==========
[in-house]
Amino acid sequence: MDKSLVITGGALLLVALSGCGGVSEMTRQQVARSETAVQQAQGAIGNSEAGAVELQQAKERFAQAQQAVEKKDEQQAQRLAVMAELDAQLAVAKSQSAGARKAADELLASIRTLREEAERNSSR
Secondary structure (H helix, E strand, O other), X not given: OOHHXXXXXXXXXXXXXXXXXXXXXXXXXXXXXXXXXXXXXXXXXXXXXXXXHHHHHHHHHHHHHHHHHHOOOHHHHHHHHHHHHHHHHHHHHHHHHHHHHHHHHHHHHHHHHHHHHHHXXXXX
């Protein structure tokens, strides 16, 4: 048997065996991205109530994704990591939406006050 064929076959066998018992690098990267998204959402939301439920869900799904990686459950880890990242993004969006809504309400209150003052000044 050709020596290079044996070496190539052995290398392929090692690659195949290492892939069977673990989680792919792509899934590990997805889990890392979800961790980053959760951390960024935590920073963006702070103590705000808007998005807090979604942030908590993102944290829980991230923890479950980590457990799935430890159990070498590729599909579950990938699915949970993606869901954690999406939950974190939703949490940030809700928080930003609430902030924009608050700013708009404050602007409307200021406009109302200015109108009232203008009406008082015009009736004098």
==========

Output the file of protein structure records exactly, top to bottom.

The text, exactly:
[in-house]
Amino acid sequence: MDKSLVITGGALLLVALSGCGGVSEMTRQQVARSETAVQQAQGAIGNSEAGAVELQQAKERFAQAQQAVEKKDEQQAQRLAVMAELDAQLAVAKSQSAGARKAADELLASIRTLREEAERNSSR
Secondary structure (H helix, E strand, O other), X not given: OOHHXXXXXXXXXXXXXXXXXXXXXXXXXXXXXXXXXXXXXXXXXXXXXXXXHHHHHHHHHHHHHHHHHHOOOHHHHHHHHHHHHHHHHHHHHHHHHHHHHHHHHHHHHHHHHHHHHHHXXXXX
């Protein structure tokens, strides 16, 4: 048997065996991205109530994704990591939406006050 064929076959066998018992690098990267998204959402939301439920869900799904990686459950880890990242993004969006809504309400209150003052000044 050709020596290079044996070496190539052995290398392929090692690659195949290492892939069977673990989680792919792509899934590990997805889990890392979800961790980053959760951390960024935590920073963006702070103590705000808007998005807090979604942030908590993102944290829980991230923890479950980590457990799935430890159990070498590729599909579950990938699915949970993606869901954690999406939950974190939703949490940030809700928080930003609430902030924009608050700013708009404050602007409307200021406009109302200015109108009232203008009406008082015009009736004098």